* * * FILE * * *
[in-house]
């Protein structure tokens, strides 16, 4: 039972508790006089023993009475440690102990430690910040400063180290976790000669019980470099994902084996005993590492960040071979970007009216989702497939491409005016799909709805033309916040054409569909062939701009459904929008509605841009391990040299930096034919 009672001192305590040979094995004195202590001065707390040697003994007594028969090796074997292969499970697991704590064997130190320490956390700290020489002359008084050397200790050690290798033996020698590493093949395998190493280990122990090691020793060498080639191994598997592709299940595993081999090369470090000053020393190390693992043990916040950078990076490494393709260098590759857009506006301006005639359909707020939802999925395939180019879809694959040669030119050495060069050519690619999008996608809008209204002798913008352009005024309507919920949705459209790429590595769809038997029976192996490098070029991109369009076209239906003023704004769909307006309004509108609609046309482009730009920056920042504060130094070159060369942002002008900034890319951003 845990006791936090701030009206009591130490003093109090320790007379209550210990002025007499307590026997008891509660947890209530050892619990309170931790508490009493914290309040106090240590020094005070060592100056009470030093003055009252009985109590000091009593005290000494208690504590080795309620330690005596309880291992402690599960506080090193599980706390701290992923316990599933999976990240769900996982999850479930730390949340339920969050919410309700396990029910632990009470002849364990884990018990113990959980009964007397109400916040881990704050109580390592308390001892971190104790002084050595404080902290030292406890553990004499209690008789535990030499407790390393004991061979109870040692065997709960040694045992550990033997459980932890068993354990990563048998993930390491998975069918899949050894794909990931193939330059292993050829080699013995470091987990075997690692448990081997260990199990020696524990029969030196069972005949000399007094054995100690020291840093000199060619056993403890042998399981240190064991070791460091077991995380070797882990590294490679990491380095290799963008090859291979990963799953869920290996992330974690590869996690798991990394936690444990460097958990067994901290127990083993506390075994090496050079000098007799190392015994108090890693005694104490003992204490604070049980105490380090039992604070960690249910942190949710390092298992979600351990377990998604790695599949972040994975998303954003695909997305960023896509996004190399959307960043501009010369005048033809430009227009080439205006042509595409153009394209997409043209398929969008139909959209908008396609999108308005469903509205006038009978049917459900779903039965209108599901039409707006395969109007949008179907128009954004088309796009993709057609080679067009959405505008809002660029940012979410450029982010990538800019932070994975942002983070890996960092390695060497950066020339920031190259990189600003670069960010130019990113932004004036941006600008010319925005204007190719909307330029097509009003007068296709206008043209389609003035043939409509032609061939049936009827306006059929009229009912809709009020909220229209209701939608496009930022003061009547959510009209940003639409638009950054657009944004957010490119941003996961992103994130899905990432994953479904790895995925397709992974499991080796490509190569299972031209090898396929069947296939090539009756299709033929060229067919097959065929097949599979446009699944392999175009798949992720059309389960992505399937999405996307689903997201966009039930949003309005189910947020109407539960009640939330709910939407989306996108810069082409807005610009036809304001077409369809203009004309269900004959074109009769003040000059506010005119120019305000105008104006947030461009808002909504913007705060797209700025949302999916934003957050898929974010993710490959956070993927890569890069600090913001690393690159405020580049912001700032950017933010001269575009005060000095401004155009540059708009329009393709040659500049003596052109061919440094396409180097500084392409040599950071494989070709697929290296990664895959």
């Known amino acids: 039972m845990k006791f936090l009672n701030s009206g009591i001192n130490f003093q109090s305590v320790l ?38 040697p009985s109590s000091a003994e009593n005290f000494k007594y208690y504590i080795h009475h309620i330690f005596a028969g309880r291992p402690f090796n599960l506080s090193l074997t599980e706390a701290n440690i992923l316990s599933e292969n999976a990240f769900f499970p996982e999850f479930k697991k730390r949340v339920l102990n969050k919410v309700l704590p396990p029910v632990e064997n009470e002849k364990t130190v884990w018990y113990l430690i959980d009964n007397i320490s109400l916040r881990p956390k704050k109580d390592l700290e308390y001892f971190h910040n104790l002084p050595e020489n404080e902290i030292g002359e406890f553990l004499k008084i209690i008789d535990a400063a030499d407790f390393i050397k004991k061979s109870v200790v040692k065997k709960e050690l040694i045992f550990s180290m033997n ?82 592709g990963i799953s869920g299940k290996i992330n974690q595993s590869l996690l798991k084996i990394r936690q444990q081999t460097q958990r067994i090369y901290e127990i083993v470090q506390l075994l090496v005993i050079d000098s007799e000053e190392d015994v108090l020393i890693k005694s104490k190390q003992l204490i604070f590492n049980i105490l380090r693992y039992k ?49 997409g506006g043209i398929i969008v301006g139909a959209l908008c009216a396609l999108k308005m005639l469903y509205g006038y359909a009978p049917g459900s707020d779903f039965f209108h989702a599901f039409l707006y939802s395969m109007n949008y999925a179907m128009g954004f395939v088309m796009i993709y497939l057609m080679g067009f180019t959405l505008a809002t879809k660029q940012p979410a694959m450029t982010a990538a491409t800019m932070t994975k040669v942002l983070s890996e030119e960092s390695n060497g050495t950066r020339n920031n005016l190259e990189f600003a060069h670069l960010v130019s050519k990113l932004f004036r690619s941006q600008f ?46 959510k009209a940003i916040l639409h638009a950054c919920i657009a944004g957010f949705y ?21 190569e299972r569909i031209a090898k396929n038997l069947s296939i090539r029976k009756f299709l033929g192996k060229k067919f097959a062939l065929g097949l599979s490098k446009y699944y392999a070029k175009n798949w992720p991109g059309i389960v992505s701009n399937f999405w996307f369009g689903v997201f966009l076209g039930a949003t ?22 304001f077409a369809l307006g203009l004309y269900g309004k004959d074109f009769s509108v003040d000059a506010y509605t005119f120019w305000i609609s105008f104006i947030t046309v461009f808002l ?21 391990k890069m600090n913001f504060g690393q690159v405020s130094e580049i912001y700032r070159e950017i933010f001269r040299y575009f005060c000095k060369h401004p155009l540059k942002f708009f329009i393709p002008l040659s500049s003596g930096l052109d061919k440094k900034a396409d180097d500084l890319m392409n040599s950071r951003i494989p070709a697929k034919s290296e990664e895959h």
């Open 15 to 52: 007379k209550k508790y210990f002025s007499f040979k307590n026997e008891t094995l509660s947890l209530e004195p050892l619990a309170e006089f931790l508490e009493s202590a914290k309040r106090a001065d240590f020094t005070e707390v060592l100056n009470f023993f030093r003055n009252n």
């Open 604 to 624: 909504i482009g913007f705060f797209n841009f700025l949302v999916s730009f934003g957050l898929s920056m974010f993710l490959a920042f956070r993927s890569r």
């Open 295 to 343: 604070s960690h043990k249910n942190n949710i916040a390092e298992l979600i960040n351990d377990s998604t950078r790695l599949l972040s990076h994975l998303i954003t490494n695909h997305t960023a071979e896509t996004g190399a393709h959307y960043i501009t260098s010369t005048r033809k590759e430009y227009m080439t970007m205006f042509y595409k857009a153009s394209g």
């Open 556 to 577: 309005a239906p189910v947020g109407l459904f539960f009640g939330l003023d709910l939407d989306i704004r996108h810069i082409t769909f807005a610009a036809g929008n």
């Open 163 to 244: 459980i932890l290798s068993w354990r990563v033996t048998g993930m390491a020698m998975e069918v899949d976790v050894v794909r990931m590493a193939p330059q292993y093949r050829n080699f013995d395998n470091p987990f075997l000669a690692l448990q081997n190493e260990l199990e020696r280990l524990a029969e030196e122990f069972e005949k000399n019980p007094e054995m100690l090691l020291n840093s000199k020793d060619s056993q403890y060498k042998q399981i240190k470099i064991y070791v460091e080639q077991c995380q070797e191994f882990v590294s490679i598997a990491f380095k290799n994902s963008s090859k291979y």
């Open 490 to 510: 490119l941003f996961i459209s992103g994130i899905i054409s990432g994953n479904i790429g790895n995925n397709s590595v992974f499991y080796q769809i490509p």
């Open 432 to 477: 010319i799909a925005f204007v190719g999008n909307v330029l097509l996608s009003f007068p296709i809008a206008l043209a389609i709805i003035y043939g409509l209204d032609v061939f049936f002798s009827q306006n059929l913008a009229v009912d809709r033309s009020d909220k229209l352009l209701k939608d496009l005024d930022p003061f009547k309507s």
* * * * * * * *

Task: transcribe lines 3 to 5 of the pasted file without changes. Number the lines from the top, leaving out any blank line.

């Known amino acids: 039972m845990k006791f936090l009672n701030s009206g009591i001192n130490f003093q109090s305590v320790l ?38 040697p009985s109590s000091a003994e009593n005290f000494k007594y208690y504590i080795h009475h309620i330690f005596a028969g309880r291992p402690f090796n599960l506080s090193l074997t599980e706390a701290n440690i992923l316990s599933e292969n999976a990240f769900f499970p996982e999850f479930k697991k730390r949340v339920l102990n969050k919410v309700l704590p396990p029910v632990e064997n009470e002849k364990t130190v884990w018990y113990l430690i959980d009964n007397i320490s109400l916040r881990p956390k704050k109580d390592l700290e308390y001892f971190h910040n104790l002084p050595e020489n404080e902290i030292g002359e406890f553990l004499k008084i209690i008789d535990a400063a030499d407790f390393i050397k004991k061979s109870v200790v040692k065997k709960e050690l040694i045992f550990s180290m033997n ?82 592709g990963i799953s869920g299940k290996i992330n974690q595993s590869l996690l798991k084996i990394r936690q444990q081999t460097q958990r067994i090369y901290e127990i083993v470090q506390l075994l090496v005993i050079d000098s007799e000053e190392d015994v108090l020393i890693k005694s104490k190390q003992l204490i604070f590492n049980i105490l380090r693992y039992k ?49 997409g506006g043209i398929i969008v301006g139909a959209l908008c009216a396609l999108k308005m005639l469903y509205g006038y359909a009978p049917g459900s707020d779903f039965f209108h989702a599901f039409l707006y939802s395969m109007n949008y999925a179907m128009g954004f395939v088309m796009i993709y497939l057609m080679g067009f180019t959405l505008a809002t879809k660029q940012p979410a694959m450029t982010a990538a491409t800019m932070t994975k040669v942002l983070s890996e030119e960092s390695n060497g050495t950066r020339n920031n005016l190259e990189f600003a060069h670069l960010v130019s050519k990113l932004f004036r690619s941006q600008f ?46 959510k009209a940003i916040l639409h638009a950054c919920i657009a944004g957010f949705y ?21 190569e299972r569909i031209a090898k396929n038997l069947s296939i090539r029976k009756f299709l033929g192996k060229k067919f097959a062939l065929g097949l599979s490098k446009y699944y392999a070029k175009n798949w992720p991109g059309i389960v992505s701009n399937f999405w996307f369009g689903v997201f966009l076209g039930a949003t ?22 304001f077409a369809l307006g203009l004309y269900g309004k004959d074109f009769s509108v003040d000059a506010y509605t005119f120019w305000i609609s105008f104006i947030t046309v461009f808002l ?21 391990k890069m600090n913001f504060g690393q690159v405020s130094e580049i912001y700032r070159e950017i933010f001269r040299y575009f005060c000095k060369h401004p155009l540059k942002f708009f329009i393709p002008l040659s500049s003596g930096l052109d061919k440094k900034a396409d180097d500084l890319m392409n040599s950071r951003i494989p070709a697929k034919s290296e990664e895959h």
């Open 15 to 52: 007379k209550k508790y210990f002025s007499f040979k307590n026997e008891t094995l509660s947890l209530e004195p050892l619990a309170e006089f931790l508490e009493s202590a914290k309040r106090a001065d240590f020094t005070e707390v060592l100056n009470f023993f030093r003055n009252n």
């Open 604 to 624: 909504i482009g913007f705060f797209n841009f700025l949302v999916s730009f934003g957050l898929s920056m974010f993710l490959a920042f956070r993927s890569r």